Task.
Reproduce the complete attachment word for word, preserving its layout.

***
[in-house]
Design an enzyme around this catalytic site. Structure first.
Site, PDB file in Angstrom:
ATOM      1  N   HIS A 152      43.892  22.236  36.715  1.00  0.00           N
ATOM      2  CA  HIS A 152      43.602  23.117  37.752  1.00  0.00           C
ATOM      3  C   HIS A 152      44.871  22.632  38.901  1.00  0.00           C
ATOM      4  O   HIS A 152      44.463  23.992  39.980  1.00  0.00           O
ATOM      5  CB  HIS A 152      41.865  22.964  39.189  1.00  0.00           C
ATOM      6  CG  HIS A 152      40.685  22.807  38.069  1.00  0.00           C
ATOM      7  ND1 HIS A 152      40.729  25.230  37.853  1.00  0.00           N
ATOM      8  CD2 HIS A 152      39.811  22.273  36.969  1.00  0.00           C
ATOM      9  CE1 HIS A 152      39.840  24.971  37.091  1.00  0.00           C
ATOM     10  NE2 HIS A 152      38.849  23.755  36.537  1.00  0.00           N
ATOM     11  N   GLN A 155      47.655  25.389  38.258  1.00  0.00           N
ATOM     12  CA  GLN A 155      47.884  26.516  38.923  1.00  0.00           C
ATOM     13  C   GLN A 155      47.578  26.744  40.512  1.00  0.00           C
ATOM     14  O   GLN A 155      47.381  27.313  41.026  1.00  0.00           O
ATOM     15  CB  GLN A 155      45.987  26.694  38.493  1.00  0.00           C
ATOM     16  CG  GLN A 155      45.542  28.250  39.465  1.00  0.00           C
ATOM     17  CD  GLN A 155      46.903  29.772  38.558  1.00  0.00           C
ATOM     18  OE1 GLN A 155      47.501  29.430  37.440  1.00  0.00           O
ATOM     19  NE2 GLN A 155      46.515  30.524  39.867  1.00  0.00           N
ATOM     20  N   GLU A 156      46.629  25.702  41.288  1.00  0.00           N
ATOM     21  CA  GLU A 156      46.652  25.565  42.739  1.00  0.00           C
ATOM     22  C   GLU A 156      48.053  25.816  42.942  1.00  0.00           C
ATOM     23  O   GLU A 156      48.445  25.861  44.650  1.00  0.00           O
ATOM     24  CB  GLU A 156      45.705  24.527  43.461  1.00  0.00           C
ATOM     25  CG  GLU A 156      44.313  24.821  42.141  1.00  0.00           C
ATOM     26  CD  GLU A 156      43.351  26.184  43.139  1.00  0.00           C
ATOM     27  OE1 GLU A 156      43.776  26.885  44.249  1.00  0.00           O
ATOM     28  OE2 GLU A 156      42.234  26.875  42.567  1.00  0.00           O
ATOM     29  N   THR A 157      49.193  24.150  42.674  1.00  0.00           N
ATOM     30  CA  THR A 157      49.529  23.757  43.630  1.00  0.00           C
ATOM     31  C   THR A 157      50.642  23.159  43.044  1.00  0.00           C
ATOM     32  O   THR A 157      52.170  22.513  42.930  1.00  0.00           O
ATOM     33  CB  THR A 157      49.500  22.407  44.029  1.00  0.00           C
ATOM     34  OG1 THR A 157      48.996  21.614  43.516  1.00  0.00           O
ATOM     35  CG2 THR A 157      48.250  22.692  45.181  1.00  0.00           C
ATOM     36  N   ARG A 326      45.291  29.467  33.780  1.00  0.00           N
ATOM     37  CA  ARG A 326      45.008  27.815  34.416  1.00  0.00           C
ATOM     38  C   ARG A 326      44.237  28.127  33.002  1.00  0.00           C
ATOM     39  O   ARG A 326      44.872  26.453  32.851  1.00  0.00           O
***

[in-house]
Design an enzyme around this catalytic site. Structure first.
Site, PDB file in Angstrom:
ATOM      1  N   HIS A 152      43.892  22.236  36.715  1.00  0.00           N
ATOM      2  CA  HIS A 152      43.602  23.117  37.752  1.00  0.00           C
ATOM      3  C   HIS A 152      44.871  22.632  38.901  1.00  0.00           C
ATOM      4  O   HIS A 152      44.463  23.992  39.980  1.00  0.00           O
ATOM      5  CB  HIS A 152      41.865  22.964  39.189  1.00  0.00           C
ATOM      6  CG  HIS A 152      40.685  22.807  38.069  1.00  0.00           C
ATOM      7  ND1 HIS A 152      40.729  25.230  37.853  1.00  0.00           N
ATOM      8  CD2 HIS A 152      39.811  22.273  36.969  1.00  0.00           C
ATOM      9  CE1 HIS A 152      39.840  24.971  37.091  1.00  0.00           C
ATOM     10  NE2 HIS A 152      38.849  23.755  36.537  1.00  0.00           N
ATOM     11  N   GLN A 155      47.655  25.389  38.258  1.00  0.00           N
ATOM     12  CA  GLN A 155      47.884  26.516  38.923  1.00  0.00           C
ATOM     13  C   GLN A 155      47.578  26.744  40.512  1.00  0.00           C
ATOM     14  O   GLN A 155      47.381  27.313  41.026  1.00  0.00           O
ATOM     15  CB  GLN A 155      45.987  26.694  38.493  1.00  0.00           C
ATOM     16  CG  GLN A 155      45.542  28.250  39.465  1.00  0.00           C
ATOM     17  CD  GLN A 155      46.903  29.772  38.558  1.00  0.00           C
ATOM     18  OE1 GLN A 155      47.501  29.430  37.440  1.00  0.00           O
ATOM     19  NE2 GLN A 155      46.515  30.524  39.867  1.00  0.00           N
ATOM     20  N   GLU A 156      46.629  25.702  41.288  1.00  0.00           N
ATOM     21  CA  GLU A 156      46.652  25.565  42.739  1.00  0.00           C
ATOM     22  C   GLU A 156      48.053  25.816  42.942  1.00  0.00           C
ATOM     23  O   GLU A 156      48.445  25.861  44.650  1.00  0.00           O
ATOM     24  CB  GLU A 156      45.705  24.527  43.461  1.00  0.00           C
ATOM     25  CG  GLU A 156      44.313  24.821  42.141  1.00  0.00           C
ATOM     26  CD  GLU A 156      43.351  26.184  43.139  1.00  0.00           C
ATOM     27  OE1 GLU A 156      43.776  26.885  44.249  1.00  0.00           O
ATOM     28  OE2 GLU A 156      42.234  26.875  42.567  1.00  0.00           O
ATOM     29  N   THR A 157      49.193  24.150  42.674  1.00  0.00           N
ATOM     30  CA  THR A 157      49.529  23.757  43.630  1.00  0.00           C
ATOM     31  C   THR A 157      50.642  23.159  43.044  1.00  0.00           C
ATOM     32  O   THR A 157      52.170  22.513  42.930  1.00  0.00           O
ATOM     33  CB  THR A 157      49.500  22.407  44.029  1.00  0.00           C
ATOM     34  OG1 THR A 157      48.996  21.614  43.516  1.00  0.00           O
ATOM     35  CG2 THR A 157      48.250  22.692  45.181  1.00  0.00           C
ATOM     36  N   ARG A 326      45.291  29.467  33.780  1.00  0.00           N
ATOM     37  CA  ARG A 326      45.008  27.815  34.416  1.00  0.00           C
ATOM     38  C   ARG A 326      44.237  28.127  33.002  1.00  0.00           C
ATOM     39  O   ARG A 326      44.872  26.453  32.851  1.00  0.00           O